Medicaid and North Carolina’s Health Choice program are for individuals with low income. Each case is decided after an application covering disabilities and certain income thresholds is reviewed by a caseworker. Each county has a Division of Social Services that will determine residents’ eligibility, including payment for nursing homes and other home healthcare costs. Nursing home assistance is partially covered for those whose monthly income is less than the cost of services for nursing home care. While some of the individual’s income must go toward paying for nursing home care, not all of it does. Medicaid will pay the balance each month. Assisted living fees and in-home health care are rarely covered by North Carolina Medicaid, however.
Other Financial Assistance Programs
The Community Alternative Program for Disabled Adults (CAP/DA)
The CAP/DA is North Carolina’s Home and Community Based Waiver Program. As of 2018, it provides benefits to all seniors aged 65 and older whose monthly income does not exceed $1,012 if single or $1,372 if married and both spouses are applying. Benefits include:
- Adult day health care
- Institutional respite services
- Personal care aid and assistance services
- Assistive technology
- Meal preparation and delivery
- Personal emergency response services
- Specialized medical equipment and supplies
- Reusable incontinence supplies
- Training, education, and consultative services
State-County Special Assistance (For adult care home residents)
Raleigh residents may qualify for the State-County Special Assistance Program, which provides a cash supplement to low-income individuals to cover fees for residential facilities, including adult care homes, family care homes, and group homes.
Eligibility is determined for those age 65 and older, or those with a qualifying disability who live in a residential facility approved for this special assistance. In addition, the facility must agree to accept the state rate for special assistance residents, which may be lower than fees charged for those paying out of pocket or through another insurance program. Individuals approved for special assistance are automatically eligible for Medicaid.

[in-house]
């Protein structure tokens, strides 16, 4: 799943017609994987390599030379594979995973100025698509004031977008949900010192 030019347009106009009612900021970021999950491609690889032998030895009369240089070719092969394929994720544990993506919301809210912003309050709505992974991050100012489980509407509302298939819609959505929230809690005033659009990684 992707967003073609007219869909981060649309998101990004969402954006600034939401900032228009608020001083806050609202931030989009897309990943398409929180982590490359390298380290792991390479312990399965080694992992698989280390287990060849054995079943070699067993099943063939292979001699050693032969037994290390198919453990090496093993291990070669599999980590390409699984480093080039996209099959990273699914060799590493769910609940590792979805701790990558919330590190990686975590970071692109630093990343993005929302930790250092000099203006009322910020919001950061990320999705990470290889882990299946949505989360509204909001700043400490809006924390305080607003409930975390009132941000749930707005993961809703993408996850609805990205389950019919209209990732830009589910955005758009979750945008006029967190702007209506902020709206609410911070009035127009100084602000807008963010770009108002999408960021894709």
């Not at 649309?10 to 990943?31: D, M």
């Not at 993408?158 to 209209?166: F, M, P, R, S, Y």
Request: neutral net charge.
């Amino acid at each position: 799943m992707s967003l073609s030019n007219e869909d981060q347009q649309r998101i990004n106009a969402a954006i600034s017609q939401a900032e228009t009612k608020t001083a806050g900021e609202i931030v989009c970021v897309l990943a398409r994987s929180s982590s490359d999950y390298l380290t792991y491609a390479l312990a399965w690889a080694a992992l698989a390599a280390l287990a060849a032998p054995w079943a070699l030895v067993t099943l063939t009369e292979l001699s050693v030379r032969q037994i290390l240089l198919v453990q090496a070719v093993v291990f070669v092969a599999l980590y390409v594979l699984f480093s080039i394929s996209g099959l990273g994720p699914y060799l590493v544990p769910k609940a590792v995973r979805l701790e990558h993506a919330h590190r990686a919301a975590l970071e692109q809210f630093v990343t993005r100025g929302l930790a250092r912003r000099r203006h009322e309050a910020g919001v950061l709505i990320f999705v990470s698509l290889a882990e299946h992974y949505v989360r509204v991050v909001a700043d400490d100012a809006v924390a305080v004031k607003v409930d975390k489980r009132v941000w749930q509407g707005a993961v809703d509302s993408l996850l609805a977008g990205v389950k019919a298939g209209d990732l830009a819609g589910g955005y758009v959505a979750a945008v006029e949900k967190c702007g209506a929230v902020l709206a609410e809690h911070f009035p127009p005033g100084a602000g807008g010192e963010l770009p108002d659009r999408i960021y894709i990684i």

Those with Alzheimer’s Disease or a similar memory condition may be eligible for a different rate of assistance through this program. These folks may reside in a licensed Special Care Unit in an Adult Care Home.
Program of All-Inclusive Care for the Elderly (PACE)
This program provides in-home care for the individual, including personal services and healthcare. Those in the program also have access to the PACE Center, which has a primary care clinic, therapy, personal care and dining options.
To be eligible to participate in PACE, you must:
- be 55 years of age or older
- need the same level of care for Medicaid nursing facility services
- live in a PACE organization’s service area
- be able to live in a community setting without jeopardizing your health or safety
- meet other conditions listed in the PACE organization’s agreement.
Money Follows the Person
Money Follows the Person is designed to help individuals transition out of nursing homes and into less restrictive care. Those who are elderly or disabled, have lived in an institution for at least 90 days and meet a nursing home level of care but wish to live in their own home or a community living environment may be eligible for the MFP program. Benefits include homemaker and home task help, modifications to the home for greater accessibility and home health aide services. Call (855) 761-9030 for information or click here for the application.
More Senior Living Resources in Raleigh
The Raleigh Housing Authority is a public housing agency serving city residents with demonstrated financial need. The Section 8 Housing Choice Voucher is available for a limited number of individuals who are on waiting lists that prioritize accommodations for the elderly and disabled. The Wake County, North Carolina, Housing Choice Voucher Waiting List and the Public Housing Waiting List are open indefinitely.
Wake County offers three property tax relief programs for eligible individuals. Properties that fall under this program include the primary dwelling, the site, up to one acre and any improvements made to the property. The programs available are called Elderly or Disabled Exclusion, Circuit Breaker Tax Deferment Program and Disabled Veteran Exclusion.
For additional information and planning, please read our comprehensive guide to paying for senior care in North Carolina.